“Wealth is a responsibility,” superyacht owner Wendy Schmidt tells Georgie Ainslie. So she built the fuel-efficient, 46 metre ketch Elfje – and founded 11th Hour Racing, to help safeguard the oceans.
Wendy Schmidt could do nothing for the rest of her life. She could jet from one seven-star destination to another, embraced forever in a world of supreme luxury that only 10 billion in the bank can guarantee. But that’s not her style. Instead, she’s taken on the small task of trying to save the world’s oceans – and building her very own sailing yacht to race on them.
I first met Wendy last year at the launch of my husband Ben’s ( Sir Ben Ainslie) bid for the America’s Cup. In between talk of the Cup and what the Duchess of Cambridge was wearing, she said: “Only five per cent of the ocean floor has been mapped to date, so we know more about the backside of the moon than we do about the bottom of the ocean.”
Since then we’ve met in trustee meetings for the 1851 Trust, or at dinners – but today, over tea in London’s Knightsbridge Hotel, it’s all about her. And I want to know why she’s taken on a problem as immense as the oceans. That, as Wendy explains, might just be “a Silicon Valley way of thinking. I’ve watched a revolution happen in 35 years or less, so when people say to me we can’t change this, I say, really? We’ve changed the way we do absolutely everything”.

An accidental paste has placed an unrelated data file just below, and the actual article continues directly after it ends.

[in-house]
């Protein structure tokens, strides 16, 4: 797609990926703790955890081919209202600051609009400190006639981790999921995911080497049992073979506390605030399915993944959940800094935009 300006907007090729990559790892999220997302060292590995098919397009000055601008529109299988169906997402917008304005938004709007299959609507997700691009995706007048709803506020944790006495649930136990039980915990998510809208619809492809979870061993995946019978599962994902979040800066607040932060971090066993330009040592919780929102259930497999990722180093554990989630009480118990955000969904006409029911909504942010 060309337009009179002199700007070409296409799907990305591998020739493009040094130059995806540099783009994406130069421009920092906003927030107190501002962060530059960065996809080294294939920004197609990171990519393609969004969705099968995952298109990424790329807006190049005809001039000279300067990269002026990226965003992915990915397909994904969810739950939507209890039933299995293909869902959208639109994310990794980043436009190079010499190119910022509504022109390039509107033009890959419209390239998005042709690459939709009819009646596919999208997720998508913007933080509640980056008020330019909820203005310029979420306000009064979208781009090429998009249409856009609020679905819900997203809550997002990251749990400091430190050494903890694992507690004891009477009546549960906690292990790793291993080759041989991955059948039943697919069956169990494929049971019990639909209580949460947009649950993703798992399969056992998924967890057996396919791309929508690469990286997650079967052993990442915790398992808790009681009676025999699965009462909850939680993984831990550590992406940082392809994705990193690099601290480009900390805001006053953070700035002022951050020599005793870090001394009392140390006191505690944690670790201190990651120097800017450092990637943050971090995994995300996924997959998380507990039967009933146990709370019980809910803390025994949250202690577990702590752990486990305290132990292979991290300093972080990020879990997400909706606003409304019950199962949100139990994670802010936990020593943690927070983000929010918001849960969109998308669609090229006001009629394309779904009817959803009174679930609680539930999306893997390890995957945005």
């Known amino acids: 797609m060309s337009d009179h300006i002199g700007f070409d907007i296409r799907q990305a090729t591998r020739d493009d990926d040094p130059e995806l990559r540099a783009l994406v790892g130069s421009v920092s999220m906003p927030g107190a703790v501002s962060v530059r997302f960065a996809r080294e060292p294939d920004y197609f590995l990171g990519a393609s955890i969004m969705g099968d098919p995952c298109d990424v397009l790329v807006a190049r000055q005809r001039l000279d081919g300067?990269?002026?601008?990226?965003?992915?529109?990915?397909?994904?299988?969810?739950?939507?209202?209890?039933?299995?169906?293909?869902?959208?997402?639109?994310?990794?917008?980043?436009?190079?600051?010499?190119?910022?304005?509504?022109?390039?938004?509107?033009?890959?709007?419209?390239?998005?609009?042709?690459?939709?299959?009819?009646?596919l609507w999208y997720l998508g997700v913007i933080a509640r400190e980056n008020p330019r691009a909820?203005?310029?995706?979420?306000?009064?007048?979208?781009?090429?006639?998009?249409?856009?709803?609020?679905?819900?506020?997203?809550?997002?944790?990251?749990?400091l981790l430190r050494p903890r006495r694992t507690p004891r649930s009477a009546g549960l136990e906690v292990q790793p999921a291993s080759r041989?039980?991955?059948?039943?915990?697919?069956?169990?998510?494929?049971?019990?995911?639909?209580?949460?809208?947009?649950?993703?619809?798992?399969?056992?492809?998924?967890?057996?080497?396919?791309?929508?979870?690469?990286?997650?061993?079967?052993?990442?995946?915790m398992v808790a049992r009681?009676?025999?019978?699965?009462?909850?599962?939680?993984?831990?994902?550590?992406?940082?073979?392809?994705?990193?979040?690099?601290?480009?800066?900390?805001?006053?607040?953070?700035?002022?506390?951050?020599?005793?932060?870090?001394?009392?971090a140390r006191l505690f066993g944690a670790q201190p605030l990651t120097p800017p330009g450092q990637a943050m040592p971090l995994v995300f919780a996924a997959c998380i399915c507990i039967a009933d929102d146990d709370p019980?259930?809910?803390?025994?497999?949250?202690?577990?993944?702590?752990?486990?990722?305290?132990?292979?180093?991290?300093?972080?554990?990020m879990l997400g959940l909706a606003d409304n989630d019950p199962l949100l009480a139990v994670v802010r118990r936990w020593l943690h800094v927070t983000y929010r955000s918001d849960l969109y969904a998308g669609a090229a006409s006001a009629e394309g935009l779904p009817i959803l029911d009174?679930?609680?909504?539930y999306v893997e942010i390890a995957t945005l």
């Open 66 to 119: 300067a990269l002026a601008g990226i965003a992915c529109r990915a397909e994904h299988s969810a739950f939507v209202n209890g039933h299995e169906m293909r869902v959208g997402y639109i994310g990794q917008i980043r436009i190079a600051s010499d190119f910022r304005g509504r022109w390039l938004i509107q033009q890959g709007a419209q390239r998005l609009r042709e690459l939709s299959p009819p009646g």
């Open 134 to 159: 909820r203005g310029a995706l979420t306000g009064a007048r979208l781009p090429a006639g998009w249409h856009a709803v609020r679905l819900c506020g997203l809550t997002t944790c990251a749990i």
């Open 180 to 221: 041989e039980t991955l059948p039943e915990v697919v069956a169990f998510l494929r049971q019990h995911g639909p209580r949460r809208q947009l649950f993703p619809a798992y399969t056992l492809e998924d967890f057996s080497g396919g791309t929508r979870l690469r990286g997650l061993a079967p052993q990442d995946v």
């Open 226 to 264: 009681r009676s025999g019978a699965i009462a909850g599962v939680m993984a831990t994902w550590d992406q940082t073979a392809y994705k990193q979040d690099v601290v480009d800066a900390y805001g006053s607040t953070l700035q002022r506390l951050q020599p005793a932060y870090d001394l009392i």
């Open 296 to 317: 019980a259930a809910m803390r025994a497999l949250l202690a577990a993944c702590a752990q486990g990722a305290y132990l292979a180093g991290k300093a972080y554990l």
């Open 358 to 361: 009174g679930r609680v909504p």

As the wife of Google’s executive chairman Eric Schmidt, who has amassed a $9.1 billion fortune innovating technology and changing the way we communicate, you can’t blame her for thinking anything is possible with ideas and application. “We’ve been extremely lucky in our lives. You have to make a decision about what you’re going to do with that. Wealth is a responsibility, one way or another,” she says, alluding to the Schmidt Family Foundation, and its 11th Hour Project, founded in 2006 to support the wiser use of our energy, food and water resources in a world where, Wendy and Eric contend, “everything is connected”.
The 11th Hour Racing project, based in Newport, Rhode Island, works to engage sailors and the maritime industry in stewardship of the oceans, through sponsorship of regattas and sailing teams, and by supporting the development of new environmentally friendly production practices in the industry. It’s an approach Wendy applied to the building of her boat, the 46.4 metre eco-friendly yacht Royal Huisman Elfje, designed to use as little fuel as possible. She is not a woman to do things by halves, and by her own admission, sailing has taken over her life since she got into the sport eight years ago.
“A friend from California who also spends summers on Nantucket convinced me to buy a boat with the promise of match racing his boat one day. So I agreed to purchase a 46ft (14 metre) W Class wooden sloop that Eric and I travelled to the Caribbean to check out in the spring of 2007. The children were grown, and I thought, why not? I didn’t know how to race, or even how to sail but I knew I liked to be a passenger on a boat,” she remembers.
“As a condition of the purchase, my friend solved all the logistical problems, arranging for the boat to travel from Antigua to Nantucket, hiring me a captain, and getting the boat a mooring. That was the beginning. Her captain taught me how to sail and I was surprised to discover, looking back, that we had sailed every day that summer, all the way into September.”
For Wendy, who helms her own boats, “sailing is a conversation with the wind. Sometimes it’s a wonderful conversation, and sometimes a scary conversation. In helming I found myself able to focus on something so small as a fraction of a degree, yet so large at the same time. I found that really interesting”.